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Sales And The CFO Part Iii

Dec 26, 2010

In the prior two newsletters, we explored two of the four basic ways of the increasing your company sales.  CFO’s aren’t the “Deal Killers” that Sales Executives seem to perceive them as.  CFO’s ask the questions that need to be answered before the company is put at risk.  The CFO can provide the CEO the detail they need to boost profits during a time of sales growth. 

To reiterate, growing sales is simple really – not easy, just not complex.  Besides buying a company and growing through acquisition, there are really only four ways to grow your company:

1.       Sell more of the same stuff to the same people

2.       Sell the same stuff to different people

3.       Sell different stuff to the same people

4.       Sell different stuff to different people

 

Each of these paths to growth is covered with potholes that can pull the axle off your company’s progress.  In this Newsletter we will explore the third strategy – Sell Different Stuff to the Same People. 

 

Sell Different Stuff to the Existing Customer base

                Development cost – New products cost money.  Money to develop, money to market, money to produce, and money to qualify – even with existing customers.  New products steal market share from existing products, unless they are complementary to existing products.  If you are a tile company and now you sell grout, which may be a new product.  Sweet potato fries may also be, but they might steal sales from your regular fries.  Developing a new product consists of more than just the idea.  Application development to take advantage of new patents is as important as the original patent itself.  There are costs to commercialize new products and new ideas.  All of the costs must be absorbed prior to any payback.  Imagine the costs of developing , and promoting, a “New Coke” and the resulting payback.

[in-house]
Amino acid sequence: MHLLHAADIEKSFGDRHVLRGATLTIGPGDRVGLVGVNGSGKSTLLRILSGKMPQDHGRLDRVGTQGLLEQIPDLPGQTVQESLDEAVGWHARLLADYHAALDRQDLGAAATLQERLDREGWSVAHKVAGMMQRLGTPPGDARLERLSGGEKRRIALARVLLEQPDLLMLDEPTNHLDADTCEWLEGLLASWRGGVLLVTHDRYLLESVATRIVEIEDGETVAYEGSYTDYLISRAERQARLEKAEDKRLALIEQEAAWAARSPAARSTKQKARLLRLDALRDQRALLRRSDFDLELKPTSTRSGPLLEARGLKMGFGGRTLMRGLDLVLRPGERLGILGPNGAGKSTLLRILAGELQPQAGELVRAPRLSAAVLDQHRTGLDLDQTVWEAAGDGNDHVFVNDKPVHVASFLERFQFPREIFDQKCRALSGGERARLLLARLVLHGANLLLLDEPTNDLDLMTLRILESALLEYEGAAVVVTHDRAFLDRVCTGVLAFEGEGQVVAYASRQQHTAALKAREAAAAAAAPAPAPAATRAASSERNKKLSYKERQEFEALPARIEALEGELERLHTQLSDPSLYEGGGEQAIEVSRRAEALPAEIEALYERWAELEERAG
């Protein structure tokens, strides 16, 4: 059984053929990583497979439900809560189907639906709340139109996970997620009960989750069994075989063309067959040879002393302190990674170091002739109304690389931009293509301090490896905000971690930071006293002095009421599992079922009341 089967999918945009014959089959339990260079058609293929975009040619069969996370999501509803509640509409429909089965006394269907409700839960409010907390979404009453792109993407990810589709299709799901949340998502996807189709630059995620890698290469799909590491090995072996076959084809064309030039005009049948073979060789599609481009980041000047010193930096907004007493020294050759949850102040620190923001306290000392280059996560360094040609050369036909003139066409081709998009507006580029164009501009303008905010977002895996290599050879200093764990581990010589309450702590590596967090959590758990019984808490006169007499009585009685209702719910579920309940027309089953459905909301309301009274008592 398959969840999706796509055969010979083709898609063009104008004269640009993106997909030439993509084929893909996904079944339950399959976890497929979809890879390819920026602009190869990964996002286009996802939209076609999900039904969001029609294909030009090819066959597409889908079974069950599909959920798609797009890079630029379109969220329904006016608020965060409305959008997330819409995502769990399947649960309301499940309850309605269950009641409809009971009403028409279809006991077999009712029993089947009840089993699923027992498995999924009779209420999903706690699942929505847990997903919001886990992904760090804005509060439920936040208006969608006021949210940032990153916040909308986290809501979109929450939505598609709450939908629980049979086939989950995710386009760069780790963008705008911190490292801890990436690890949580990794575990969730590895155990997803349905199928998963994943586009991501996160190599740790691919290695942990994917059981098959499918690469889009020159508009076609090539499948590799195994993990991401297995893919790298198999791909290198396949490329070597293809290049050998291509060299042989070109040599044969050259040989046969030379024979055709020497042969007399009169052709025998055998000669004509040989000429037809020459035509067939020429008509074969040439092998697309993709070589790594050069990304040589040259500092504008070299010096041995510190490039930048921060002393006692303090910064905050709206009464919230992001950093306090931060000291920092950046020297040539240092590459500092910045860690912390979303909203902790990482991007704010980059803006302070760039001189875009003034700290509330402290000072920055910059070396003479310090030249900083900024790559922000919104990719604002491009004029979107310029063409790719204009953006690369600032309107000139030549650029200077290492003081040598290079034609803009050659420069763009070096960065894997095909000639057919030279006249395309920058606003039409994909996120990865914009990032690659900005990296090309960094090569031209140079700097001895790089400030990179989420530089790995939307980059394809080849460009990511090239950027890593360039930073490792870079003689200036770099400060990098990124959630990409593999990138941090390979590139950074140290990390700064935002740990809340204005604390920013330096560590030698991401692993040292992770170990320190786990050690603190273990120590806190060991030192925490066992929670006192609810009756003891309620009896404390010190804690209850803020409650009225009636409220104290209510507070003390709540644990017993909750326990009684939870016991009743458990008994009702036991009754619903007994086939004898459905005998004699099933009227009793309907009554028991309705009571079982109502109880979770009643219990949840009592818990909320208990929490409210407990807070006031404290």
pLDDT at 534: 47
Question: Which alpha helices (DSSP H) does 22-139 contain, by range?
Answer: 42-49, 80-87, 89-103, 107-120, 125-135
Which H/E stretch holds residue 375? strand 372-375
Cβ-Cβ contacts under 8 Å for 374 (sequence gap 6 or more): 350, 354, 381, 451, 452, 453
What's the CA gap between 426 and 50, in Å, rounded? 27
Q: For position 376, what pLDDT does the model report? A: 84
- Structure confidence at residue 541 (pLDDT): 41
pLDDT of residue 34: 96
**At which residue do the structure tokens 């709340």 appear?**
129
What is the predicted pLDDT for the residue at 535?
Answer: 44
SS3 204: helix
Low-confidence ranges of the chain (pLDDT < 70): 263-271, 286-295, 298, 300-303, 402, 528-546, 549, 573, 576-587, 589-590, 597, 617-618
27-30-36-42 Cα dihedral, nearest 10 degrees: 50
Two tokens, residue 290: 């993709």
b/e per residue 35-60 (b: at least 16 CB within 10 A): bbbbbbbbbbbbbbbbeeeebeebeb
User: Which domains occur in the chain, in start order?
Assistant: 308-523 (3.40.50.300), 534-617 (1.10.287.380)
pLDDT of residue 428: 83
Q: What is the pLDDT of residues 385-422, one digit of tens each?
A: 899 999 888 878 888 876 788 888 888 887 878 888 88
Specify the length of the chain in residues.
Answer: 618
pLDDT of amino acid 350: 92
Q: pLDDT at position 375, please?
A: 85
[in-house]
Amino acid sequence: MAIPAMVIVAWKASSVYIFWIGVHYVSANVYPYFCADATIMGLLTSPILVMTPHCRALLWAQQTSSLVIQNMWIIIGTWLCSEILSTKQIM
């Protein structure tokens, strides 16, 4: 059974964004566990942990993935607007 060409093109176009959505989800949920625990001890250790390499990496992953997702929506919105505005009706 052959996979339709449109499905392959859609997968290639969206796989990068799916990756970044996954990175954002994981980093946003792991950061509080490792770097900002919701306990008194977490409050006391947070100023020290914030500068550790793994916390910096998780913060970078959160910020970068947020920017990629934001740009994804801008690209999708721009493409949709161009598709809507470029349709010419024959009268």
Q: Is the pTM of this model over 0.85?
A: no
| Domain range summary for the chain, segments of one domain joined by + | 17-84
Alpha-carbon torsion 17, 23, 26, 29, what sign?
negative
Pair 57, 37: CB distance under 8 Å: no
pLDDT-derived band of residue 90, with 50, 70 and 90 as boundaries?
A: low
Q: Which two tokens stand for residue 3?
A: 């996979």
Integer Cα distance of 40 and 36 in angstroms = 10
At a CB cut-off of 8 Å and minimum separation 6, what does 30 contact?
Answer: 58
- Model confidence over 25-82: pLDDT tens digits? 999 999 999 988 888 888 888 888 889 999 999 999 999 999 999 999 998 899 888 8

A CFO’s contribution to the process is in developing the structure to quantify the costs, to set limits on spending and establish reasonable review points to make sure that the products/services that are being developed match with the targeted customer needs, wants, or goals.   A new product which does not satisfy a target customer's needs, wants, or goals will never take off, even if all the other elements of marketing are done properly.  A CFO also helps to quantify the product introduction risk.  When and how a new product is introduced can impact the return on the new product.  Could Apple have improved their profits even more if they had been able to introduce the IPhone 4 on their own timetable – we will never know.

Make versus buy - New products can either add needed volume to your operation, or can stress your existing plant.  Your CFO can help assess make versus buy decisions . Commitment to manufacturing the new product is a long term investment – but is the new product a long term product or a fad?  Mitigating your risks may mean outsourcing the manufacturing until the demand has been established.   Outsourcing production to contract manufacturers can enable your company to scale up quickly without affecting the existing product lines.  And can help to control the costs of a new product line.

Outsourcing is also risky.  If your product is groundbreaking, has significant IP or a design difference, outsourcing may create new competitors.  The key to the determination of a “trade secret” lies in the confidentiality measures that had been taken in connection with this information.  But keeping those secrets secure when at the manufacturing plant of a third party is almost impossible, especially when the plant is in a foreign country.  Chinese market is like the Wild West – China’s reputation of counterfeiting design or content of patented products such as luxury handbags, watches, electronics, and clothing is legendary. There are even some tragedies that people consumed counterfeit food or drugs and were poisoned.  Many foreign companies come to China and have been fully challenged by the culture of deficient IP awareness.